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Egyptian police arrest son of senior Brotherhood figure
Son of Mohamed El-Beltagy, along with two other students, apprehended on allegations of inciting violence at two Cairo universities
Ahram Online , Tuesday 31 Dec 2013
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Anas
Anas son of Brotherhood's Mohamed El-Beltagy (Photo: Al-Ahram)

Egyptian security forces have arrested the son of senior Muslim Brotherhood leader Mohamed El-Beltagy on charges of rioting and violent acts, a judicial source told Ahram Online.

Anas El-Beltagy was arrested in Nasr City in eastern Cairo on Tuesday, along with two other men, Al-Ahram Arabic website reported. The men were allegedly in possession of birdshot pellets, live broadcast cameras and banners bearing anti-army and pro-Brotherhood slogans, Al-Ahram reported.

The three young men, who are all students, are accused of rioting and violent acts at Cairo University and Ain Shams University.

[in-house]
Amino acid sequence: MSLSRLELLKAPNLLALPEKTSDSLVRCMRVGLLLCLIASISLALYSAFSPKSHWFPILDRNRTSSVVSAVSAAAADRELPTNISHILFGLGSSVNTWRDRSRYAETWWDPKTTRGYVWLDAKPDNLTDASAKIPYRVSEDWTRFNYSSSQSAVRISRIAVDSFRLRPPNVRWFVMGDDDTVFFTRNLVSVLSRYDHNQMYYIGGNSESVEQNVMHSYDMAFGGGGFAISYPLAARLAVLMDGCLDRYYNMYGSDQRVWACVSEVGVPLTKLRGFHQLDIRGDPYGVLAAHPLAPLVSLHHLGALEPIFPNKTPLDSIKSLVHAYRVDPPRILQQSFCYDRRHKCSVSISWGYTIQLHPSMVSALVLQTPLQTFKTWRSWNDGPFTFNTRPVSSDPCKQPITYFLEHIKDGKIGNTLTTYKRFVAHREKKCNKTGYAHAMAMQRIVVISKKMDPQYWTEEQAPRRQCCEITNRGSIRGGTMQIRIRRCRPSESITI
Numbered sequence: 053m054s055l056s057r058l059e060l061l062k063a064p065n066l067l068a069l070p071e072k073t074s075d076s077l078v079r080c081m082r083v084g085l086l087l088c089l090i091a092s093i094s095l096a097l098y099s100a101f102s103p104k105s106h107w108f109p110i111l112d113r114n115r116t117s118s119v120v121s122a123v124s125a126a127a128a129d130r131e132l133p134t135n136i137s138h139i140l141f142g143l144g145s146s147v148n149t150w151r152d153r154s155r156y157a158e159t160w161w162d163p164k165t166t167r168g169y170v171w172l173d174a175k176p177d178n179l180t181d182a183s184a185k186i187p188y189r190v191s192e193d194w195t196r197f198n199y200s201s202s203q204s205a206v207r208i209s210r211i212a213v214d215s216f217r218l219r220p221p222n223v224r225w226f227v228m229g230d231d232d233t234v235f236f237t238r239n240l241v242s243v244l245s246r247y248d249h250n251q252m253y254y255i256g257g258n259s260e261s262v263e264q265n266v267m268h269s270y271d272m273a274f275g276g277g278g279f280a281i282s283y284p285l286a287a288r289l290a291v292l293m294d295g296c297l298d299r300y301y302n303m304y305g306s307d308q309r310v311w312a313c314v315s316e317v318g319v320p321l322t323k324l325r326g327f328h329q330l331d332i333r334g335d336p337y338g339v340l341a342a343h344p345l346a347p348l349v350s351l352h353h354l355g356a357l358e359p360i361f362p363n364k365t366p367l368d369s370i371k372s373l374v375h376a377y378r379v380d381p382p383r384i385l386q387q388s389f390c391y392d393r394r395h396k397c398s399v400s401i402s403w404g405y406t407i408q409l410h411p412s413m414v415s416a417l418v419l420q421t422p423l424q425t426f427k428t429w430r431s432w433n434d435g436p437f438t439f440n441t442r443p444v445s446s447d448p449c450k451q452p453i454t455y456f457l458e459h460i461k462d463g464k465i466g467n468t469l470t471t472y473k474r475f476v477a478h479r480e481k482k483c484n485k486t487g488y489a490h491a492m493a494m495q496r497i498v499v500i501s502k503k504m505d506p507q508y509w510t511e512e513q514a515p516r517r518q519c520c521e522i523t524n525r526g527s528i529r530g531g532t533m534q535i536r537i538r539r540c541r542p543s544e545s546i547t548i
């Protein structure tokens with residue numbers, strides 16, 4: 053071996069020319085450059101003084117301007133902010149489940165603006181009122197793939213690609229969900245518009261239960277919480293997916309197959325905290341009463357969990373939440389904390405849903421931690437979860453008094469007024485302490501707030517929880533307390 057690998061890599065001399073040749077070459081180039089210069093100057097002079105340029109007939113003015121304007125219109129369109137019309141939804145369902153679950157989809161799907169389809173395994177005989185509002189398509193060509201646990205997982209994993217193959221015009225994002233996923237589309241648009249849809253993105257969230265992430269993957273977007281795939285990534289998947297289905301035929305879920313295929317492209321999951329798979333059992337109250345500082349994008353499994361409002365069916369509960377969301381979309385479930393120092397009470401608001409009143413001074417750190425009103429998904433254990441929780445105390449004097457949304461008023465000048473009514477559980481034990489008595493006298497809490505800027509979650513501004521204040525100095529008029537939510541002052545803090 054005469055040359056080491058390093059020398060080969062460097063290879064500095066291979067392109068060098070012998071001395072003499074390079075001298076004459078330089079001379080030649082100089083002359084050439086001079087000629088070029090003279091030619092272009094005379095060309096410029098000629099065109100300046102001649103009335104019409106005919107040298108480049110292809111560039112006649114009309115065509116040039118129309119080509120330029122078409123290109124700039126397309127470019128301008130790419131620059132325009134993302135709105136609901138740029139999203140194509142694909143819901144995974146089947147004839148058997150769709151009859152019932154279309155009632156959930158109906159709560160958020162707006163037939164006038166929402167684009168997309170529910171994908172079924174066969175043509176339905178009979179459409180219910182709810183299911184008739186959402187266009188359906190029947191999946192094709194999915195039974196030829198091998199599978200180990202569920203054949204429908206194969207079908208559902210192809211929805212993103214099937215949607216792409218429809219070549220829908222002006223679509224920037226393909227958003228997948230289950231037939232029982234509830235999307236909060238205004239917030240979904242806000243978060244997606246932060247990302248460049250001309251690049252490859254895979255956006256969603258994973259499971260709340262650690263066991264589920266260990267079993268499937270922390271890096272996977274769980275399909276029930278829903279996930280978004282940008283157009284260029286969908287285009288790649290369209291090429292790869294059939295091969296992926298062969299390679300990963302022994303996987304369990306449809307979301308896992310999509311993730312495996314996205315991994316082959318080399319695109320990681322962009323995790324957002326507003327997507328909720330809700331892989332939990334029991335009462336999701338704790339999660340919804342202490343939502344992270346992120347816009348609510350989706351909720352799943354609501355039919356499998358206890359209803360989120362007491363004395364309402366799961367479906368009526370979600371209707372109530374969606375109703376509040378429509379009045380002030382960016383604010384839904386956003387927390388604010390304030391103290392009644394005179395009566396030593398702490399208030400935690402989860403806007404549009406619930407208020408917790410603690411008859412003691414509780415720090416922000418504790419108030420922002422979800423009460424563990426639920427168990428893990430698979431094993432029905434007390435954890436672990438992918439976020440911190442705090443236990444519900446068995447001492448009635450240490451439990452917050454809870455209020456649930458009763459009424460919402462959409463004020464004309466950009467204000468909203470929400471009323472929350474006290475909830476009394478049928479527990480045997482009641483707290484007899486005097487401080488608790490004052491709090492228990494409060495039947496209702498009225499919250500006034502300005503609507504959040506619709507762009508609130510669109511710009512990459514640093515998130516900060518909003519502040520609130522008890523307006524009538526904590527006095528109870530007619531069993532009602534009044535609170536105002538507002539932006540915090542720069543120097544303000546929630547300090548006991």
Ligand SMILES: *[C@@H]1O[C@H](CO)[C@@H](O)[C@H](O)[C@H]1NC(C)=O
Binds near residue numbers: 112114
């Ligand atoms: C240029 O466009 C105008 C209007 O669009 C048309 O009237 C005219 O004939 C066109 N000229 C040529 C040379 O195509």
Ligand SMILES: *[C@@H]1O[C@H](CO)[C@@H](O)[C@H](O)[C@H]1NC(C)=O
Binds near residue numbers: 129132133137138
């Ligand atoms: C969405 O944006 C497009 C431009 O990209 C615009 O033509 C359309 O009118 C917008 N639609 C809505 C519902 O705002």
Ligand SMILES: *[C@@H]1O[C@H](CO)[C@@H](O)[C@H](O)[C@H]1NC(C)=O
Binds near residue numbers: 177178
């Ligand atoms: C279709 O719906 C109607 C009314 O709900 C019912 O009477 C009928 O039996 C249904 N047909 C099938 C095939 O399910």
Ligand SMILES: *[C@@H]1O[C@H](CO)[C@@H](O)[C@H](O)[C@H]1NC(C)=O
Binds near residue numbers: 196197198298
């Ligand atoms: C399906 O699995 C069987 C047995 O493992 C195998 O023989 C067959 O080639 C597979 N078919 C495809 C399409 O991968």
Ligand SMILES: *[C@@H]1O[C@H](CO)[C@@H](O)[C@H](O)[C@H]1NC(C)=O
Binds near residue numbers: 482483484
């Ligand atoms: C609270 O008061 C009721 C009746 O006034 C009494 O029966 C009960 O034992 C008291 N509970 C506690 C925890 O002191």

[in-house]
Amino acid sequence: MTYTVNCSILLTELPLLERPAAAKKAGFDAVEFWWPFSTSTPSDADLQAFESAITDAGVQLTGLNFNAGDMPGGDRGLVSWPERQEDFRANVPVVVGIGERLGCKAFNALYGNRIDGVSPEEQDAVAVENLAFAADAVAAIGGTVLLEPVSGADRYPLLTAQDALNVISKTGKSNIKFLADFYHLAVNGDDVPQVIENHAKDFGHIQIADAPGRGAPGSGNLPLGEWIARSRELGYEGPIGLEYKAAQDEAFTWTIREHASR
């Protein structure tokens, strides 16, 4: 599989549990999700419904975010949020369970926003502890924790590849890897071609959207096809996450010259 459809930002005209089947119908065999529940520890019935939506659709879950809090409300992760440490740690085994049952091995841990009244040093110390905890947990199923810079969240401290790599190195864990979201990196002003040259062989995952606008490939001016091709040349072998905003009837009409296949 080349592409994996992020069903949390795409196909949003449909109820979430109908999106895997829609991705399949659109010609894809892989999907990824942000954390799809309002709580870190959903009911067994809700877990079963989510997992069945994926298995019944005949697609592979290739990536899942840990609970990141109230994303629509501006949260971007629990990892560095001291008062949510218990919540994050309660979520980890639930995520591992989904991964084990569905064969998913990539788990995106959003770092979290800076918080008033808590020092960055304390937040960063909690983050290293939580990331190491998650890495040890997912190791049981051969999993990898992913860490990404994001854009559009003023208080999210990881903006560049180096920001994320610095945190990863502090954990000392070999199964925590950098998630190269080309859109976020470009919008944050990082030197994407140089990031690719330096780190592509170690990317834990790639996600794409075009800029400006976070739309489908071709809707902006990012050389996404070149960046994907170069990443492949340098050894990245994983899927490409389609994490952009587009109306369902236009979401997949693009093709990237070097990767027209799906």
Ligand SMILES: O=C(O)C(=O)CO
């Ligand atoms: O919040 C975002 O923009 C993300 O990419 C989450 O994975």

An arrest warrant for the three was issued by the general prosecution, the judicial source added.

Supporters of the Muslim Brotherhood have recently concentrated their protest movement at universities in Cairo and elsewhere, with deadly clashes between students and security forces intermittently reported.

El-Beltagy, a leader of the Brotherhood's Freedom and Justice Party, was arrested late in August amid a broad crackdown on the group behind deposed Islamist president Mohamed Morsi.

His other son, 20-year-old Ammar, was briefly detained in the same month for inciting violence, and subsequently released.

El-Beltagy's 17-year-old daughter, Asmaa, was killed when security forces raided a pro-Morsi protest camp in Cairo on 14 August, leaving hundreds of protesters dead.

The government last week declared the Brotherhood a "terrorist organisation," after a suicide bombing killed 16 people in the northern city of Mansoura. The attack was condemned by the Islamist group and responsibility claimed by an unconnected militant group based in the Sinai Peninsula.

Hundreds of protesters, mostly Islamists, have been killed in violent unrest since the army toppled Morsi in July after massive protests calling for his ouster.

Thousands of others, including the group's upper echelon have been arrested.

Morsi himself is standing trial on an array of charges, including murder and conspiring against Egypt.

 





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